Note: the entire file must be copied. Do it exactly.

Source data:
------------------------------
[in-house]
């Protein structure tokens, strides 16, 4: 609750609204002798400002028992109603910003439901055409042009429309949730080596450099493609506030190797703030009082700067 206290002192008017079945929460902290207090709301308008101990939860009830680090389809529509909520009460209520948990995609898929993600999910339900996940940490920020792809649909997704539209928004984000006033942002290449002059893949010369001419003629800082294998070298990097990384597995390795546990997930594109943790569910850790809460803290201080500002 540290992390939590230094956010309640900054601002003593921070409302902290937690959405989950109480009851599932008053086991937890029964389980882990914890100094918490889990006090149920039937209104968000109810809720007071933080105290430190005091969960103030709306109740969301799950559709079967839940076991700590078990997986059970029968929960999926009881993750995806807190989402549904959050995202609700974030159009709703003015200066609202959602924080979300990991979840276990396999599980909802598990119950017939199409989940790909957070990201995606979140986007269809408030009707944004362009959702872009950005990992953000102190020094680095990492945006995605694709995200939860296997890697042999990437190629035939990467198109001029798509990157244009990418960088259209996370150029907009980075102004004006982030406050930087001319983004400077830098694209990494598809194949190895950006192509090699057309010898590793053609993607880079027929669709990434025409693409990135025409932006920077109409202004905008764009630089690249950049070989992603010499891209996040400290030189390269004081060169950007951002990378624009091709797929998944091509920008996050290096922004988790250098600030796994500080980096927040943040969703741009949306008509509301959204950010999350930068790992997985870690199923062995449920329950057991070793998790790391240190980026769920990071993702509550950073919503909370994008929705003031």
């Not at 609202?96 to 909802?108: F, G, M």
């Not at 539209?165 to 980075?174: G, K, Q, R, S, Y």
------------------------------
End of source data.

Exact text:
[in-house]
């Protein structure tokens, strides 16, 4: 609750609204002798400002028992109603910003439901055409042009429309949730080596450099493609506030190797703030009082700067 206290002192008017079945929460902290207090709301308008101990939860009830680090389809529509909520009460209520948990995609898929993600999910339900996940940490920020792809649909997704539209928004984000006033942002290449002059893949010369001419003629800082294998070298990097990384597995390795546990997930594109943790569910850790809460803290201080500002 540290992390939590230094956010309640900054601002003593921070409302902290937690959405989950109480009851599932008053086991937890029964389980882990914890100094918490889990006090149920039937209104968000109810809720007071933080105290430190005091969960103030709306109740969301799950559709079967839940076991700590078990997986059970029968929960999926009881993750995806807190989402549904959050995202609700974030159009709703003015200066609202959602924080979300990991979840276990396999599980909802598990119950017939199409989940790909957070990201995606979140986007269809408030009707944004362009959702872009950005990992953000102190020094680095990492945006995605694709995200939860296997890697042999990437190629035939990467198109001029798509990157244009990418960088259209996370150029907009980075102004004006982030406050930087001319983004400077830098694209990494598809194949190895950006192509090699057309010898590793053609993607880079027929669709990434025409693409990135025409932006920077109409202004905008764009630089690249950049070989992603010499891209996040400290030189390269004081060169950007951002990378624009091709797929998944091509920008996050290096922004988790250098600030796994500080980096927040943040969703741009949306008509509301959204950010999350930068790992997985870690199923062995449920329950057991070793998790790391240190980026769920990071993702509550950073919503909370994008929705003031």
């Not at 609202?96 to 909802?108: F, G, M």
């Not at 539209?165 to 980075?174: G, K, Q, R, S, Y």